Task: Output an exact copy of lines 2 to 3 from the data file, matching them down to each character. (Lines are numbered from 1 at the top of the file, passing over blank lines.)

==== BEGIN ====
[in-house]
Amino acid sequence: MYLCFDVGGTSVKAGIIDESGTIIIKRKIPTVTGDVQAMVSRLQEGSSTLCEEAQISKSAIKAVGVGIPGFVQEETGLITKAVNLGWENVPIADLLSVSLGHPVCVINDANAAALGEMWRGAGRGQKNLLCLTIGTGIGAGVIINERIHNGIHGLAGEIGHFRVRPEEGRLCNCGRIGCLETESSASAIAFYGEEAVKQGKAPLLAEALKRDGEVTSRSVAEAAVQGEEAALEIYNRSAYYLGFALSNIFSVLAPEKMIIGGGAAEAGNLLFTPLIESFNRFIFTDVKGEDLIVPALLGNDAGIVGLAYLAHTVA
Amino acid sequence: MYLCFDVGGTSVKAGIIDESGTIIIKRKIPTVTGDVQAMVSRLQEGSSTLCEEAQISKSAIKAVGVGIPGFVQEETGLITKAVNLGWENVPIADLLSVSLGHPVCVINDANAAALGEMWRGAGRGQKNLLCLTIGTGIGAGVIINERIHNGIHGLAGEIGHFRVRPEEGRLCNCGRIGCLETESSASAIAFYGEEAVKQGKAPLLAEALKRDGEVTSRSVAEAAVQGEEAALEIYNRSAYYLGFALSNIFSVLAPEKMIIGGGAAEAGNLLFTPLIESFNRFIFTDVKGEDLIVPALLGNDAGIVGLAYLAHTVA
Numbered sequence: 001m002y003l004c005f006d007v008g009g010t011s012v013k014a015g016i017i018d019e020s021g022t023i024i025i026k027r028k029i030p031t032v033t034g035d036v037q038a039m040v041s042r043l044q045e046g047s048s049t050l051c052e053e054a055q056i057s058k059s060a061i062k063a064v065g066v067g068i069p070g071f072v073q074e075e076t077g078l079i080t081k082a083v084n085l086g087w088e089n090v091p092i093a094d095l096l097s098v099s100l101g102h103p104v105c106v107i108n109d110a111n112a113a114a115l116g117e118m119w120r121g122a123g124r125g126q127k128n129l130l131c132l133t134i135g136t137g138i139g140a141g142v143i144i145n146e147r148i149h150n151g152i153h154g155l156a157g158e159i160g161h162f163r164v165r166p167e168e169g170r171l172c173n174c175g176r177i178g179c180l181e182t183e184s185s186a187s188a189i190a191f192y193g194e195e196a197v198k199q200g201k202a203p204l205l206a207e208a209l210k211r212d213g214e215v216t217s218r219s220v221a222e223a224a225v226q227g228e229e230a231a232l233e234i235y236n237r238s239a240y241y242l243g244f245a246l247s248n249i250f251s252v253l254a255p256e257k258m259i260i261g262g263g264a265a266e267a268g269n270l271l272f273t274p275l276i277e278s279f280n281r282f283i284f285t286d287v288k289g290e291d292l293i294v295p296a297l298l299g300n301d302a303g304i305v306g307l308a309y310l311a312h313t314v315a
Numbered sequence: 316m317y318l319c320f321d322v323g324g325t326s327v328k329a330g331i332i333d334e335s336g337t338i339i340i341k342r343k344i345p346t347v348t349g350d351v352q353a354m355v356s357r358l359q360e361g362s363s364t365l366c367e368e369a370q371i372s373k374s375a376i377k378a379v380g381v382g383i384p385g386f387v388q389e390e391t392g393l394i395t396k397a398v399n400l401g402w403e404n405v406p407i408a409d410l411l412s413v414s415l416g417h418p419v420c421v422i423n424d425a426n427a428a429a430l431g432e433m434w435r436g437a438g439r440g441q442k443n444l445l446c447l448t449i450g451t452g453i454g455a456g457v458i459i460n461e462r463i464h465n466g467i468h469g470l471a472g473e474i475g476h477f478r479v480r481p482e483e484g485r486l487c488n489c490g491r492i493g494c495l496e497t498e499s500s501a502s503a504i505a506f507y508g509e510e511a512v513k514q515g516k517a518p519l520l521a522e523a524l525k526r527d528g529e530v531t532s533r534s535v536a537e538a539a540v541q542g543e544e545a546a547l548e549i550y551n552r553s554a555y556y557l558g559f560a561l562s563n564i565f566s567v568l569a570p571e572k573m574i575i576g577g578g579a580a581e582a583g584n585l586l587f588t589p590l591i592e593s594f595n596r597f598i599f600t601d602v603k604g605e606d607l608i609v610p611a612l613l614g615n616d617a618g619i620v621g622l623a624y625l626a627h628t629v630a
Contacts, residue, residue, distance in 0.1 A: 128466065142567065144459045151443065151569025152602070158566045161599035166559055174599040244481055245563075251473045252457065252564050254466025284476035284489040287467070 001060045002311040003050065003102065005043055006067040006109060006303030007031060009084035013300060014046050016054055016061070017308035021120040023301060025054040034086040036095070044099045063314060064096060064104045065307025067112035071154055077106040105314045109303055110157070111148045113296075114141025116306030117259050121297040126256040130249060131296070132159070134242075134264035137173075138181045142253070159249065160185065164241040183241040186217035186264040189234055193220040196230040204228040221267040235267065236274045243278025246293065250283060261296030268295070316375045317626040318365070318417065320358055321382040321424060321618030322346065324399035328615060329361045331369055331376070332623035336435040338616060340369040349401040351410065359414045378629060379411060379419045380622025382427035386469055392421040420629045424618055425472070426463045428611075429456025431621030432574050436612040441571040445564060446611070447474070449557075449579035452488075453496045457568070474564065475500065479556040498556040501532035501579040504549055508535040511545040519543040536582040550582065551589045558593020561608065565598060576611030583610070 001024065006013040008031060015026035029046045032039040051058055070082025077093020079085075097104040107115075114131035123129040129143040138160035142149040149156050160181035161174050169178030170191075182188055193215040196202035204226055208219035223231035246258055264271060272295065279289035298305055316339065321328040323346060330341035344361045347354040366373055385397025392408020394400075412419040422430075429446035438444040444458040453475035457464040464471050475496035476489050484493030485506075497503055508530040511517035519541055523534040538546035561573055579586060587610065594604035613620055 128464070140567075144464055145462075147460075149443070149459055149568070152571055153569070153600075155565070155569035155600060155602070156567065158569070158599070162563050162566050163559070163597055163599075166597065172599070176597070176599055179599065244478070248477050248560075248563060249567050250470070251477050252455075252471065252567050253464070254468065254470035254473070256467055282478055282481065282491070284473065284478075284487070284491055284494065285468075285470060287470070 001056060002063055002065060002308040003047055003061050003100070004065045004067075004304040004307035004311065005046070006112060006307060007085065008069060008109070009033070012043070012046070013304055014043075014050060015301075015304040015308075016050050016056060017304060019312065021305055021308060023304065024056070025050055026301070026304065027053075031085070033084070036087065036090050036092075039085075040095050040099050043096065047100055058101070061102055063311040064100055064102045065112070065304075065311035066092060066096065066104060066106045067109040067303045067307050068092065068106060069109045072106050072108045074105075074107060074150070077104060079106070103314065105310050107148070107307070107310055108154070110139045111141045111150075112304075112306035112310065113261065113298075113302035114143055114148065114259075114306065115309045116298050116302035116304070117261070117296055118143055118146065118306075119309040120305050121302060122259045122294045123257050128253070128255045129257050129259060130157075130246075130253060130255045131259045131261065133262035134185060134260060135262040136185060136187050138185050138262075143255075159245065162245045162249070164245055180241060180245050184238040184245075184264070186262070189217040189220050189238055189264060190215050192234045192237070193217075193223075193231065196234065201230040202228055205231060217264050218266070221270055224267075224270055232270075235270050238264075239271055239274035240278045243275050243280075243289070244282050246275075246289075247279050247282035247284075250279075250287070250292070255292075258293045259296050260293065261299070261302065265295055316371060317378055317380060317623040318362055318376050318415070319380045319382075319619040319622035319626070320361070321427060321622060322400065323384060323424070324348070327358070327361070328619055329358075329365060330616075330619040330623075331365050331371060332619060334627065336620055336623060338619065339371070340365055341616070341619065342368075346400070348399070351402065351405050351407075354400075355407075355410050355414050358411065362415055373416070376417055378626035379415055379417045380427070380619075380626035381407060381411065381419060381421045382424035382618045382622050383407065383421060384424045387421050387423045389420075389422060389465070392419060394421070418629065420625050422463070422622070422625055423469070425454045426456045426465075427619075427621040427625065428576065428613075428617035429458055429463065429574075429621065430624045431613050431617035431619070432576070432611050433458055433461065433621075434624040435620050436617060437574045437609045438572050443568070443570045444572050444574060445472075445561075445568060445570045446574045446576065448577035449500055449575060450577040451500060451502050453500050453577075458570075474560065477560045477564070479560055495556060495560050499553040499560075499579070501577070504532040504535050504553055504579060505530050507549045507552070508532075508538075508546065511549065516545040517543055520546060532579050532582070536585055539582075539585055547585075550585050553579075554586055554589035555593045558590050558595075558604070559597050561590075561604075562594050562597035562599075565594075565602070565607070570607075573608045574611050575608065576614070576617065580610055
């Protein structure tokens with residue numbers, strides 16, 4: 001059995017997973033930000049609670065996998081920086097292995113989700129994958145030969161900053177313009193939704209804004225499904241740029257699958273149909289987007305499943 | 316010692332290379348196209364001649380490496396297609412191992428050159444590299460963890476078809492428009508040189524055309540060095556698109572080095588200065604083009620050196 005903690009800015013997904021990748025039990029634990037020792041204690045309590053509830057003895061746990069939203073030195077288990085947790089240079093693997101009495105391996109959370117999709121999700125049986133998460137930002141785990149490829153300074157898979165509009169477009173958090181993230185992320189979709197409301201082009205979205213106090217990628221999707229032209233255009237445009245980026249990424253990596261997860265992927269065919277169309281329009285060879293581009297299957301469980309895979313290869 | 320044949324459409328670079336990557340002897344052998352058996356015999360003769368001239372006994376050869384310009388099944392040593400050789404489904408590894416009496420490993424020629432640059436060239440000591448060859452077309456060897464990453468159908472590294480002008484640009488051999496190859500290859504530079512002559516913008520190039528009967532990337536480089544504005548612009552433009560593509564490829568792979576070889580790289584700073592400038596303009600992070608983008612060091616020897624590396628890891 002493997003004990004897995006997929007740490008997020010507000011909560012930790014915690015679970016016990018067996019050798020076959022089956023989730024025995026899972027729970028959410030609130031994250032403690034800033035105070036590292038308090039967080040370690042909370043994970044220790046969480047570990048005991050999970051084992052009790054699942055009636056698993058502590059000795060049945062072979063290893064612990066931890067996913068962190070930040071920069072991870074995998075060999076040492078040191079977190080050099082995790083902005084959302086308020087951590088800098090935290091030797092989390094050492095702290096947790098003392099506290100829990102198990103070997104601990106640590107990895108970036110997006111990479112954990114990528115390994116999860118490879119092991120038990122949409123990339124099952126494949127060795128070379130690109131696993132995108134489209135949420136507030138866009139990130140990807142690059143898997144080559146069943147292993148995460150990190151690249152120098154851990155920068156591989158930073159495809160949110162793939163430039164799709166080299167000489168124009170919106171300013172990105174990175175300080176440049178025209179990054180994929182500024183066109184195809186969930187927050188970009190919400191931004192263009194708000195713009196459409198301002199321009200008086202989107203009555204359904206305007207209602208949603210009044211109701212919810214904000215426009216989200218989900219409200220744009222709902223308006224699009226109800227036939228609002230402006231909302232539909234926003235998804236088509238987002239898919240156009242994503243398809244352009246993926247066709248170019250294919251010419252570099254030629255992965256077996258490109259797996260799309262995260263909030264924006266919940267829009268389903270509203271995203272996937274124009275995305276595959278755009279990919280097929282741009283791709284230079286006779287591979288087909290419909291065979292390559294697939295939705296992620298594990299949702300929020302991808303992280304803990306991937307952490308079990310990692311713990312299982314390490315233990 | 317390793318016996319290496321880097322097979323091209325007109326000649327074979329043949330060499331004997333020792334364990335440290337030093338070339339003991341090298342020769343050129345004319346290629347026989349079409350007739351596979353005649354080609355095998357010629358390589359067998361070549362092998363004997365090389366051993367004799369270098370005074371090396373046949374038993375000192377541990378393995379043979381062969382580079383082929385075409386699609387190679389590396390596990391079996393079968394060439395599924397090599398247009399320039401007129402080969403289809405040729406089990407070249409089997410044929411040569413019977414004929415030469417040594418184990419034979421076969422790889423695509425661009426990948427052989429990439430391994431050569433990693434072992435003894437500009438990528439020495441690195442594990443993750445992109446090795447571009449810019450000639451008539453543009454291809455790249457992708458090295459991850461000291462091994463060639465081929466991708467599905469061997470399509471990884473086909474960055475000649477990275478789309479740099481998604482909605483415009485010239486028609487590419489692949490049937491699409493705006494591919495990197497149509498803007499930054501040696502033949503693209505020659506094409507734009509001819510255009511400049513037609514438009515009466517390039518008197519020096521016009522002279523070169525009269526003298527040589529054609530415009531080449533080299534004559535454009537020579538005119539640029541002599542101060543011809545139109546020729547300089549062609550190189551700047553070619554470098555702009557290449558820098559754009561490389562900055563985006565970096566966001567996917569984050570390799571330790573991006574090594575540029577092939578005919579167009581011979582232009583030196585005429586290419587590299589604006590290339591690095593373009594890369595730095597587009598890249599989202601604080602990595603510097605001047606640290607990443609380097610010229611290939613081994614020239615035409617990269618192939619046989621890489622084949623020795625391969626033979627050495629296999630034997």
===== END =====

Amino acid sequence: MYLCFDVGGTSVKAGIIDESGTIIIKRKIPTVTGDVQAMVSRLQEGSSTLCEEAQISKSAIKAVGVGIPGFVQEETGLITKAVNLGWENVPIADLLSVSLGHPVCVINDANAAALGEMWRGAGRGQKNLLCLTIGTGIGAGVIINERIHNGIHGLAGEIGHFRVRPEEGRLCNCGRIGCLETESSASAIAFYGEEAVKQGKAPLLAEALKRDGEVTSRSVAEAAVQGEEAALEIYNRSAYYLGFALSNIFSVLAPEKMIIGGGAAEAGNLLFTPLIESFNRFIFTDVKGEDLIVPALLGNDAGIVGLAYLAHTVA
Amino acid sequence: MYLCFDVGGTSVKAGIIDESGTIIIKRKIPTVTGDVQAMVSRLQEGSSTLCEEAQISKSAIKAVGVGIPGFVQEETGLITKAVNLGWENVPIADLLSVSLGHPVCVINDANAAALGEMWRGAGRGQKNLLCLTIGTGIGAGVIINERIHNGIHGLAGEIGHFRVRPEEGRLCNCGRIGCLETESSASAIAFYGEEAVKQGKAPLLAEALKRDGEVTSRSVAEAAVQGEEAALEIYNRSAYYLGFALSNIFSVLAPEKMIIGGGAAEAGNLLFTPLIESFNRFIFTDVKGEDLIVPALLGNDAGIVGLAYLAHTVA